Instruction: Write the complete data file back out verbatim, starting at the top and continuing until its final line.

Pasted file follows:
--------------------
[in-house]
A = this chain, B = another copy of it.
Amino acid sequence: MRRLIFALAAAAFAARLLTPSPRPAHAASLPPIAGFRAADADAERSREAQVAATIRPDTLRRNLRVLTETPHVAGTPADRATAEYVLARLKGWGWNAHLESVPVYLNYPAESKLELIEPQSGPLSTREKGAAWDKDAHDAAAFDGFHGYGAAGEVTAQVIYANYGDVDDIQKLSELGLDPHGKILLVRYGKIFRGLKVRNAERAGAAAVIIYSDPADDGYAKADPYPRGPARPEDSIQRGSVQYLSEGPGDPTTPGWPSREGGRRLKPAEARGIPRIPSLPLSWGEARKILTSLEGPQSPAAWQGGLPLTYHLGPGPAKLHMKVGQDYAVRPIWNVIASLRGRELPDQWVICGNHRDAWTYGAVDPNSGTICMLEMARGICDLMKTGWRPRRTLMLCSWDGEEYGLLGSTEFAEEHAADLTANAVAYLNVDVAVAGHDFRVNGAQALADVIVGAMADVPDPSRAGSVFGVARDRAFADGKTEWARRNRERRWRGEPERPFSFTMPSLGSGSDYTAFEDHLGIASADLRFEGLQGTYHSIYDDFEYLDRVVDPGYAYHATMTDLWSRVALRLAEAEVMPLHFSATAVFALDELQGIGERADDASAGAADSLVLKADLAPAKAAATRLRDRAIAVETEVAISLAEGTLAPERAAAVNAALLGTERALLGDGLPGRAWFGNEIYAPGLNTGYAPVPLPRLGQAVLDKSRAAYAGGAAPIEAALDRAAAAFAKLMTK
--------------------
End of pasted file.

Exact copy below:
[in-house]
A = this chain, B = another copy of it.
Amino acid sequence: MRRLIFALAAAAFAARLLTPSPRPAHAASLPPIAGFRAADADAERSREAQVAATIRPDTLRRNLRVLTETPHVAGTPADRATAEYVLARLKGWGWNAHLESVPVYLNYPAESKLELIEPQSGPLSTREKGAAWDKDAHDAAAFDGFHGYGAAGEVTAQVIYANYGDVDDIQKLSELGLDPHGKILLVRYGKIFRGLKVRNAERAGAAAVIIYSDPADDGYAKADPYPRGPARPEDSIQRGSVQYLSEGPGDPTTPGWPSREGGRRLKPAEARGIPRIPSLPLSWGEARKILTSLEGPQSPAAWQGGLPLTYHLGPGPAKLHMKVGQDYAVRPIWNVIASLRGRELPDQWVICGNHRDAWTYGAVDPNSGTICMLEMARGICDLMKTGWRPRRTLMLCSWDGEEYGLLGSTEFAEEHAADLTANAVAYLNVDVAVAGHDFRVNGAQALADVIVGAMADVPDPSRAGSVFGVARDRAFADGKTEWARRNRERRWRGEPERPFSFTMPSLGSGSDYTAFEDHLGIASADLRFEGLQGTYHSIYDDFEYLDRVVDPGYAYHATMTDLWSRVALRLAEAEVMPLHFSATAVFALDELQGIGERADDASAGAADSLVLKADLAPAKAAATRLRDRAIAVETEVAISLAEGTLAPERAAAVNAALLGTERALLGDGLPGRAWFGNEIYAPGLNTGYAPVPLPRLGQAVLDKSRAAYAGGAAPIEAALDRAAAAFAKLMTK